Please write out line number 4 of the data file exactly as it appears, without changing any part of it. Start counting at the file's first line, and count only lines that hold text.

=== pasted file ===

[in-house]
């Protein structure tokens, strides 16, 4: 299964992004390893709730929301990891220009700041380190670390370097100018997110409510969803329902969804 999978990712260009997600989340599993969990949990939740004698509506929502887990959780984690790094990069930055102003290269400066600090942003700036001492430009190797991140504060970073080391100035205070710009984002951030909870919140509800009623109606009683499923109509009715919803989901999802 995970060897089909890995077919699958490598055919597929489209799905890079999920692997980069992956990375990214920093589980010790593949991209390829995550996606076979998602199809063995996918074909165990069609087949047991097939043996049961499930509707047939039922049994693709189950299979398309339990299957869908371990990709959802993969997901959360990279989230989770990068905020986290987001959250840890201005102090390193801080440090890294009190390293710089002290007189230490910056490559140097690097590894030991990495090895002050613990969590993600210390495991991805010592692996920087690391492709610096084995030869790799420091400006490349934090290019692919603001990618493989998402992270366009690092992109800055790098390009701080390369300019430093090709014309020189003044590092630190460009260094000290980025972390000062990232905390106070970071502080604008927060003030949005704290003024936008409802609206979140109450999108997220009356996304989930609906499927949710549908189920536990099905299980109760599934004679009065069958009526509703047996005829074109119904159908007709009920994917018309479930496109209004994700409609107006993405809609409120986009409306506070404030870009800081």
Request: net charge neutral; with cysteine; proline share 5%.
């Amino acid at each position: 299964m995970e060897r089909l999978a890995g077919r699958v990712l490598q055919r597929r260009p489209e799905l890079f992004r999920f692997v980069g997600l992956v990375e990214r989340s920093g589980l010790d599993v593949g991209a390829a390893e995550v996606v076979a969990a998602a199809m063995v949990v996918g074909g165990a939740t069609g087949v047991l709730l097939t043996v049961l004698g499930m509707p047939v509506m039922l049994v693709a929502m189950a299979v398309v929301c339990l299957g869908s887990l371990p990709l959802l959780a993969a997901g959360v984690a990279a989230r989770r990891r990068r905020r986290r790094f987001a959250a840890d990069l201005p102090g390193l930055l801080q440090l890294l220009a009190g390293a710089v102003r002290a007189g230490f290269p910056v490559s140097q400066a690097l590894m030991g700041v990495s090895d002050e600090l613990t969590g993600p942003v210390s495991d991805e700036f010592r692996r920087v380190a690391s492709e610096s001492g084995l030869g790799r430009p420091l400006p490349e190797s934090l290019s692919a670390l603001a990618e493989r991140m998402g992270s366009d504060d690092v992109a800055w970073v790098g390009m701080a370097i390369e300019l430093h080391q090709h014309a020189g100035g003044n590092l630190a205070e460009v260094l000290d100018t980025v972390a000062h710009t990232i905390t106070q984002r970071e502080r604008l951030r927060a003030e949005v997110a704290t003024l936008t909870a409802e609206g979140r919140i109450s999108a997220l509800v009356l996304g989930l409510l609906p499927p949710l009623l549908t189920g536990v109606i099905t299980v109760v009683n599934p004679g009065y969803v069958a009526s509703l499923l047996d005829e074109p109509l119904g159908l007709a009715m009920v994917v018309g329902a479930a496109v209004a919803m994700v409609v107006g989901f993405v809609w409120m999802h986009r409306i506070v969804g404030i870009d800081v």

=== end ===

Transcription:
């Amino acid at each position: 299964m995970e060897r089909l999978a890995g077919r699958v990712l490598q055919r597929r260009p489209e799905l890079f992004r999920f692997v980069g997600l992956v990375e990214r989340s920093g589980l010790d599993v593949g991209a390829a390893e995550v996606v076979a969990a998602a199809m063995v949990v996918g074909g165990a939740t069609g087949v047991l709730l097939t043996v049961l004698g499930m509707p047939v509506m039922l049994v693709a929502m189950a299979v398309v929301c339990l299957g869908s887990l371990p990709l959802l959780a993969a997901g959360v984690a990279a989230r989770r990891r990068r905020r986290r790094f987001a959250a840890d990069l201005p102090g390193l930055l801080q440090l890294l220009a009190g390293a710089v102003r002290a007189g230490f290269p910056v490559s140097q400066a690097l590894m030991g700041v990495s090895d002050e600090l613990t969590g993600p942003v210390s495991d991805e700036f010592r692996r920087v380190a690391s492709e610096s001492g084995l030869g790799r430009p420091l400006p490349e190797s934090l290019s692919a670390l603001a990618e493989r991140m998402g992270s366009d504060d690092v992109a800055w970073v790098g390009m701080a370097i390369e300019l430093h080391q090709h014309a020189g100035g003044n590092l630190a205070e460009v260094l000290d100018t980025v972390a000062h710009t990232i905390t106070q984002r970071e502080r604008l951030r927060a003030e949005v997110a704290t003024l936008t909870a409802e609206g979140r919140i109450s999108a997220l509800v009356l996304g989930l409510l609906p499927p949710l009623l549908t189920g536990v109606i099905t299980v109760v009683n599934p004679g009065y969803v069958a009526s509703l499923l047996d005829e074109p109509l119904g159908l007709a009715m009920v994917v018309g329902a479930a496109v209004a919803m994700v409609v107006g989901f993405v809609w409120m999802h986009r409306i506070v969804g404030i870009d800081v």